The Nigerian immediate past Honourable Minister of Finance, Mrs Zainab S. Ahmed, at Bloomberg Emerging+Frontier Forum 2019, participated in the opening panel on Sustainable Finance and Development in Emerging Markets: Challenges and Opportunities.
Below is the overview for the conference provided by the Bloomberg:
“Over the last decade, emerging markets have delivered more growth for the world’s economy than any other group of countries at any time in history. Millions have been lifted out of poverty, and hundreds of businesses have grown to become thriving multi-national corporations. To unleash more potential, what can governments and companies do in sustainability and green finance? With emerging and frontier economies needing close to $4 trillion per year to achieve the United Nations (UN) sustainable development goals, what are the best policies to attract sustainable investment? How can policymakers balance sustainability considerations with urgent priorities?”
As the panel had tried addressing the above concerns and offer solutions, speakers could then share examples of existing national initiatives, and could also expand on what the next 10 years will bring for green initiatives and financing.
Then on the side line, the Honourable Minister Ahmed fielded questions on a number of issues from the press. Excerpt:
Press: president Buhari about returning to the Finance Ministry and becoming Finance Minister once again?
HMF: No. I have not done that. The President is currently in the process of putting together a new cabinet. I have not had a discussion with him about whether I’m coming back to the cabinet or not.
Press: Would you like to go back?
HMF: Yes, I will like to go back to the cabinet
Press: In the same role?
HMF: Yes. In the role
Press: Would you do things differently?
HMF: I had stayed only for 9 months. I had brought out a number of initiatives that I will love to have an opportunity to push. The President has decided himself that he will continue to focus on the Economic Recovery Growth Plan (ERGP); that his key commitment to the populace remains the same. We are just going to need to work faster and harder.
Press: Mrs Ahmed the economy is growing according to data 2.6% at an annual rate. But unemployment is about 23% and inflation is about 11%. What policy direction would the incoming cabinet make that will be different to what they had already been doing?
HMF: We had a very clear and explicit plan, ERGP. This plan helped us to come out of recession. We had done a lot foundational work, a lot of building blocks have been put together. All we need to do is to push further, because the target of the ERGP was a four-year plan, and we were supposed to move the economy out of the recession to the growth path which we succeeded in doing. As it were, we have attained up to 8 quarters of consistent and steady growth; the economy is stable. We have lowered the inflation rate from as high as 18% now to about 11.4%, the monetary authorities have been to stabilise the currency, the Nigerian Naira, for about 12 to 24 months now, the Naira has been consistently stable at N305 to 1US Dollar. So, the indices are all on the right track. All we need to do is to push harder and faster until we are able to reach the growth aspiration of 7% for the Nigerian economy.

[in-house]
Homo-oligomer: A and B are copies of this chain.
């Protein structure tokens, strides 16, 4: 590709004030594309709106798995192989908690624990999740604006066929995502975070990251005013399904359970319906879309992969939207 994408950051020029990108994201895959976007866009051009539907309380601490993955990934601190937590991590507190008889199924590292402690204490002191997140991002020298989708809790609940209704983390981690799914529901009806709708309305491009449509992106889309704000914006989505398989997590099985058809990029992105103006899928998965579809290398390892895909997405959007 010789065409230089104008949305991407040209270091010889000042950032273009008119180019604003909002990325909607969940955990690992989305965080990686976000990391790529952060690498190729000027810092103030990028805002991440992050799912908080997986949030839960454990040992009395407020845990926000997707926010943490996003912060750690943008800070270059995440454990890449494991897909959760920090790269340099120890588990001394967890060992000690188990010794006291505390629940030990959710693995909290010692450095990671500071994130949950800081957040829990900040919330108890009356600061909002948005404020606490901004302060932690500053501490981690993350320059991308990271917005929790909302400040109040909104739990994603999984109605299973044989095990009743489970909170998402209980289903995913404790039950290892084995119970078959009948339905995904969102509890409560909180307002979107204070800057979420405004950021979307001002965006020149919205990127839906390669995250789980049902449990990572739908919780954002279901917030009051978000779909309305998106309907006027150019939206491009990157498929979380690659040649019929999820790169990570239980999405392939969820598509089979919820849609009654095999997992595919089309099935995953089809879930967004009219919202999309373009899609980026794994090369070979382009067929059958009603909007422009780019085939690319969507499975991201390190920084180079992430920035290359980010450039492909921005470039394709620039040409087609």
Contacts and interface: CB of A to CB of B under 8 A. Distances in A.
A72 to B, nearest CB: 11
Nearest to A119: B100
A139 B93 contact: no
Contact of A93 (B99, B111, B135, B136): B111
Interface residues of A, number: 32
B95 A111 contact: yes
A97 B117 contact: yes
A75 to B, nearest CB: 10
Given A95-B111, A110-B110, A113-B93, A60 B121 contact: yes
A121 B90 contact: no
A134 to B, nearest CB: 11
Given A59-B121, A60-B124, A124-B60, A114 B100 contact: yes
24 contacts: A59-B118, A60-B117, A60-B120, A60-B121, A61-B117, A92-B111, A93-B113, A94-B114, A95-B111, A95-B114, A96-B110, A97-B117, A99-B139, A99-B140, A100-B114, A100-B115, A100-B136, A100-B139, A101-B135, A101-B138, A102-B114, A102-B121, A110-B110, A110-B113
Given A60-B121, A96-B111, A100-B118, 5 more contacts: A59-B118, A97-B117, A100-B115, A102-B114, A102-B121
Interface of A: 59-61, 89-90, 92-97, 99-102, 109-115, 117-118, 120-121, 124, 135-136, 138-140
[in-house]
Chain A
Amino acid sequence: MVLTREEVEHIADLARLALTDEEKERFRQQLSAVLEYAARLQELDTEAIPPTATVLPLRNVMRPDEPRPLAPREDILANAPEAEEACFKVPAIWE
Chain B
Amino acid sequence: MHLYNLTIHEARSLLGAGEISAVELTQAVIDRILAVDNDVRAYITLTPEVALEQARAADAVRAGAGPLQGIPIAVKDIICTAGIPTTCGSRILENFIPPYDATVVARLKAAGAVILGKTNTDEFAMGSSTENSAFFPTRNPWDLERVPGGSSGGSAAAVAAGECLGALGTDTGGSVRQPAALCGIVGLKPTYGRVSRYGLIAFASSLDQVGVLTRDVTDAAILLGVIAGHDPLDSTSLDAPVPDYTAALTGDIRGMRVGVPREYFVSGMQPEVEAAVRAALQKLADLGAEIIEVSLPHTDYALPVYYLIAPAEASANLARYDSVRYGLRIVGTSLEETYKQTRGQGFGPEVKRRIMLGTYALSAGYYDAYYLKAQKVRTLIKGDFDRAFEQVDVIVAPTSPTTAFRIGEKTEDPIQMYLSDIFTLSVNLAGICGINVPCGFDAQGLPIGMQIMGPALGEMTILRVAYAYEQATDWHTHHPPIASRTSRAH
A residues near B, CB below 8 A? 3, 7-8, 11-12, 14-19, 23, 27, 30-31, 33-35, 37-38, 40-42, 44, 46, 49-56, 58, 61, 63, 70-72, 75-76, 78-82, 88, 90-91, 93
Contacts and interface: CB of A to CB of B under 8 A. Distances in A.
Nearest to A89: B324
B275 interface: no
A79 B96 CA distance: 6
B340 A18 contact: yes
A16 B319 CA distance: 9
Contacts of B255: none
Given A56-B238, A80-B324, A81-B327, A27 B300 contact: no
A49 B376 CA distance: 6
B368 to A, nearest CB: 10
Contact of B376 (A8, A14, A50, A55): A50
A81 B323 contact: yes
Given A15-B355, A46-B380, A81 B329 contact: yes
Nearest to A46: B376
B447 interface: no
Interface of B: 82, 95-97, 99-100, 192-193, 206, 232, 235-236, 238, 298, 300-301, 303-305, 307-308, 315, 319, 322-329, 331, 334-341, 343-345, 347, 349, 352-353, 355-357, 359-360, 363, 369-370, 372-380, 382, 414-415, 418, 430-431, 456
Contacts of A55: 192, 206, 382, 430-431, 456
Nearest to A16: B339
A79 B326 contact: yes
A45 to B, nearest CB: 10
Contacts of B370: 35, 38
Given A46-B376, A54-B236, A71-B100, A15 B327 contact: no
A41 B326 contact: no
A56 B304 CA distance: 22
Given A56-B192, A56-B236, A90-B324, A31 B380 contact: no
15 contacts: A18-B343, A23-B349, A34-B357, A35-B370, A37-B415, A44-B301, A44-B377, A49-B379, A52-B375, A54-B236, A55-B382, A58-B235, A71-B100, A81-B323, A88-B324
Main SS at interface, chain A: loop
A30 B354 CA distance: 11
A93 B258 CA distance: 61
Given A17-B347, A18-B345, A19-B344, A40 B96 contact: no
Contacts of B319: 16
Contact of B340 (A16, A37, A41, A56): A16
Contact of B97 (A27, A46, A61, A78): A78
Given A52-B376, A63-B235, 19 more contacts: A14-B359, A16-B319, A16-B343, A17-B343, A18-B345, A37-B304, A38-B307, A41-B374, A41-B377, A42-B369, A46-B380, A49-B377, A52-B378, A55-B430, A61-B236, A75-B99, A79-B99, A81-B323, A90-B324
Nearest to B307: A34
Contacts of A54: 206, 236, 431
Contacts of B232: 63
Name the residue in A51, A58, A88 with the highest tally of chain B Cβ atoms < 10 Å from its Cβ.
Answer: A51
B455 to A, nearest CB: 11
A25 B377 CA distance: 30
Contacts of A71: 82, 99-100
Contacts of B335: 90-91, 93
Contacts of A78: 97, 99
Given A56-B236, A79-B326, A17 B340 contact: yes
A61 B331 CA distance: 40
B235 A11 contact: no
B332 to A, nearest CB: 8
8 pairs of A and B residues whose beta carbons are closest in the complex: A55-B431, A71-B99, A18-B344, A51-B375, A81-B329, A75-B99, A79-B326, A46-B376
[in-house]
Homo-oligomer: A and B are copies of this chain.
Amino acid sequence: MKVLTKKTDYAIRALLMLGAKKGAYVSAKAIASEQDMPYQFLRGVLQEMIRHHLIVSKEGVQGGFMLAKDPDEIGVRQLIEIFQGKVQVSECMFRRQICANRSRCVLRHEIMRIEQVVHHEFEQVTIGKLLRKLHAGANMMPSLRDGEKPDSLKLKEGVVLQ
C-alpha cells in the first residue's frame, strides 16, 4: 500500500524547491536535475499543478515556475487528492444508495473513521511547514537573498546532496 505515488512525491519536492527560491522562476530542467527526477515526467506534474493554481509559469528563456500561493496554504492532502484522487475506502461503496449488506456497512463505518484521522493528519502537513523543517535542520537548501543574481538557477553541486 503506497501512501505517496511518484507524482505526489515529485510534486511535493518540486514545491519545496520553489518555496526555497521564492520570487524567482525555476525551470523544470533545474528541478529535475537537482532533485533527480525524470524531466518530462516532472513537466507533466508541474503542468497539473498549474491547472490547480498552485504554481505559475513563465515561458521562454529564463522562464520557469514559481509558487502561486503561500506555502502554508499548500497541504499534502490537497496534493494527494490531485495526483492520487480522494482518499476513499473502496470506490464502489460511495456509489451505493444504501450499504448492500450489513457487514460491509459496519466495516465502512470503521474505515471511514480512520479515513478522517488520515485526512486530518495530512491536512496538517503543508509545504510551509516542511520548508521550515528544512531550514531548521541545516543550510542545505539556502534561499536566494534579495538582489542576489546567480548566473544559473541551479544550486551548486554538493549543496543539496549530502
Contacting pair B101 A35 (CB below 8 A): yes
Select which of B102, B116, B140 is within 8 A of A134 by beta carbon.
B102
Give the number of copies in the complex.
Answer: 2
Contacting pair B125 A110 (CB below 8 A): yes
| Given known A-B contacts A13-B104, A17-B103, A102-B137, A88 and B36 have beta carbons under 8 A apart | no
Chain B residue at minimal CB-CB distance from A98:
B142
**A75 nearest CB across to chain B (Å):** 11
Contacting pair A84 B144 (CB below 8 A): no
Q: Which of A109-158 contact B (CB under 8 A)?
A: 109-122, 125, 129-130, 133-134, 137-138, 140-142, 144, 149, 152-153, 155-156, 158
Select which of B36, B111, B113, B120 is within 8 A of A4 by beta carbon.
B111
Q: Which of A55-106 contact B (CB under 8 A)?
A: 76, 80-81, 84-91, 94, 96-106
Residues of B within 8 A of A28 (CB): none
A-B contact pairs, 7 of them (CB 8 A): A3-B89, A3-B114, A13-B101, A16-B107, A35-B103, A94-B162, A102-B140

Press: Part of the problems is that revenue consistently disappoints and more than half of what you are getting goes to debt servicing. How would you change the matrix quickly so that the government finance might stabilise?
HMF: Since I became the Minister of Finance, my preoccupation has been on how to increase revenue. 2018 closed revenue at an average of 55%, and that was really very tough because when you are underperforming at a level, it means you are stressed in terms of trying to manage the budget. So, we have developed a strategic revenue growth initiative which we have started implementing, and our target is to increase the revenue to 65% minimum up by the year 2019 so that in the next three years, we are able to attain 80% to 85% of our revenue target.